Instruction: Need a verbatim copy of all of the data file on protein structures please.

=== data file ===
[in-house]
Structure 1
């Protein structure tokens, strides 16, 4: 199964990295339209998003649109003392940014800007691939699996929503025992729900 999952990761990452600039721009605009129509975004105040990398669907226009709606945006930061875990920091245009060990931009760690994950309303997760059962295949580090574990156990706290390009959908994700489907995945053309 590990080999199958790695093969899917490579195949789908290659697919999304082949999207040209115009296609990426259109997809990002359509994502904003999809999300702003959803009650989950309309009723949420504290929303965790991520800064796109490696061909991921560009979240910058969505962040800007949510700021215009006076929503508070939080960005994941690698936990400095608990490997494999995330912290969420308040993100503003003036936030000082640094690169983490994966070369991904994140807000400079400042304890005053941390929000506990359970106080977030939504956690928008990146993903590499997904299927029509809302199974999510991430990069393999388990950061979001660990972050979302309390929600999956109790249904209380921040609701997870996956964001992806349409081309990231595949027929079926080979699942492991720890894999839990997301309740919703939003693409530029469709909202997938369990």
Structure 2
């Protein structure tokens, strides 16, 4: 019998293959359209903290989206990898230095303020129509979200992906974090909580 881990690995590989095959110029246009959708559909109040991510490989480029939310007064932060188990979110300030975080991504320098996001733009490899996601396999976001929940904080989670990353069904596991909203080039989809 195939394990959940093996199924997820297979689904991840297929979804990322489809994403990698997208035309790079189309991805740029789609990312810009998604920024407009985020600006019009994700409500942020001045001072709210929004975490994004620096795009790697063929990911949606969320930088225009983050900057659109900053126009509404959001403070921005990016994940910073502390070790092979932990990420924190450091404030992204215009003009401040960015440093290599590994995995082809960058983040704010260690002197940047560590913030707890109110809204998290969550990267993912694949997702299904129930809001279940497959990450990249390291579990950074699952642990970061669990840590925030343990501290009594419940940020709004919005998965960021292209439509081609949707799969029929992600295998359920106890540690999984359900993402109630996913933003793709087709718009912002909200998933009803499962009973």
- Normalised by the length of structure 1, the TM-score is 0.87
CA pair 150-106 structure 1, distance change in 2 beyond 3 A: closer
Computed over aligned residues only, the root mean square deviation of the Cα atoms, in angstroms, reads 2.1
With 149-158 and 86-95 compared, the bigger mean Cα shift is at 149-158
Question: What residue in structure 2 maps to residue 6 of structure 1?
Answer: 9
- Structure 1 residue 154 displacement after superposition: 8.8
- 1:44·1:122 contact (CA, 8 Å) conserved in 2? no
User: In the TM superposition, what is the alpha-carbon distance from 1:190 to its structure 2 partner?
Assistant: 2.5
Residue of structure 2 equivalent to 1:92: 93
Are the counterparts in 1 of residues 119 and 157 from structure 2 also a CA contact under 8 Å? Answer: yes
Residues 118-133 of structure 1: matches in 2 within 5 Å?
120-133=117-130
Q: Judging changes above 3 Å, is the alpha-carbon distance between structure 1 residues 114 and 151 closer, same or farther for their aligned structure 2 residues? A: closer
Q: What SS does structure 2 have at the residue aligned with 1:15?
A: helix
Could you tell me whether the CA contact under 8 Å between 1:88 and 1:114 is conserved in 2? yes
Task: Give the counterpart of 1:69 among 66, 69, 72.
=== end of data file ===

[in-house]
Structure 1
């Protein structure tokens, strides 16, 4: 199964990295339209998003649109003392940014800007691939699996929503025992729900 999952990761990452600039721009605009129509975004105040990398669907226009709606945006930061875990920091245009060990931009760690994950309303997760059962295949580090574990156990706290390009959908994700489907995945053309 590990080999199958790695093969899917490579195949789908290659697919999304082949999207040209115009296609990426259109997809990002359509994502904003999809999300702003959803009650989950309309009723949420504290929303965790991520800064796109490696061909991921560009979240910058969505962040800007949510700021215009006076929503508070939080960005994941690698936990400095608990490997494999995330912290969420308040993100503003003036936030000082640094690169983490994966070369991904994140807000400079400042304890005053941390929000506990359970106080977030939504956690928008990146993903590499997904299927029509809302199974999510991430990069393999388990950061979001660990972050979302309390929600999956109790249904209380921040609701997870996956964001992806349409081309990231595949027929079926080979699942492991720890894999839990997301309740919703939003693409530029469709909202997938369990």
Structure 2
């Protein structure tokens, strides 16, 4: 019998293959359209903290989206990898230095303020129509979200992906974090909580 881990690995590989095959110029246009959708559909109040991510490989480029939310007064932060188990979110300030975080991504320098996001733009490899996601396999976001929940904080989670990353069904596991909203080039989809 195939394990959940093996199924997820297979689904991840297929979804990322489809994403990698997208035309790079189309991805740029789609990312810009998604920024407009985020600006019009994700409500942020001045001072709210929004975490994004620096795009790697063929990911949606969320930088225009983050900057659109900053126009509404959001403070921005990016994940910073502390070790092979932990990420924190450091404030992204215009003009401040960015440093290599590994995995082809960058983040704010260690002197940047560590913030707890109110809204998290969550990267993912694949997702299904129930809001279940497959990450990249390291579990950074699952642990970061669990840590925030343990501290009594419940940020709004919005998965960021292209439509081609949707799969029929992600295998359920106890540690999984359900993402109630996913933003793709087709718009912002909200998933009803499962009973």
- Normalised by the length of structure 1, the TM-score is 0.87
CA pair 150-106 structure 1, distance change in 2 beyond 3 A: closer
Computed over aligned residues only, the root mean square deviation of the Cα atoms, in angstroms, reads 2.1
With 149-158 and 86-95 compared, the bigger mean Cα shift is at 149-158
Question: What residue in structure 2 maps to residue 6 of structure 1?
Answer: 9
- Structure 1 residue 154 displacement after superposition: 8.8
- 1:44·1:122 contact (CA, 8 Å) conserved in 2? no
User: In the TM superposition, what is the alpha-carbon distance from 1:190 to its structure 2 partner?
Assistant: 2.5
Residue of structure 2 equivalent to 1:92: 93
Are the counterparts in 1 of residues 119 and 157 from structure 2 also a CA contact under 8 Å? Answer: yes
Residues 118-133 of structure 1: matches in 2 within 5 Å?
120-133=117-130
Q: Judging changes above 3 Å, is the alpha-carbon distance between structure 1 residues 114 and 151 closer, same or farther for their aligned structure 2 residues? A: closer
Q: What SS does structure 2 have at the residue aligned with 1:15?
A: helix
Could you tell me whether the CA contact under 8 Å between 1:88 and 1:114 is conserved in 2? yes
Task: Give the counterpart of 1:69 among 66, 69, 72.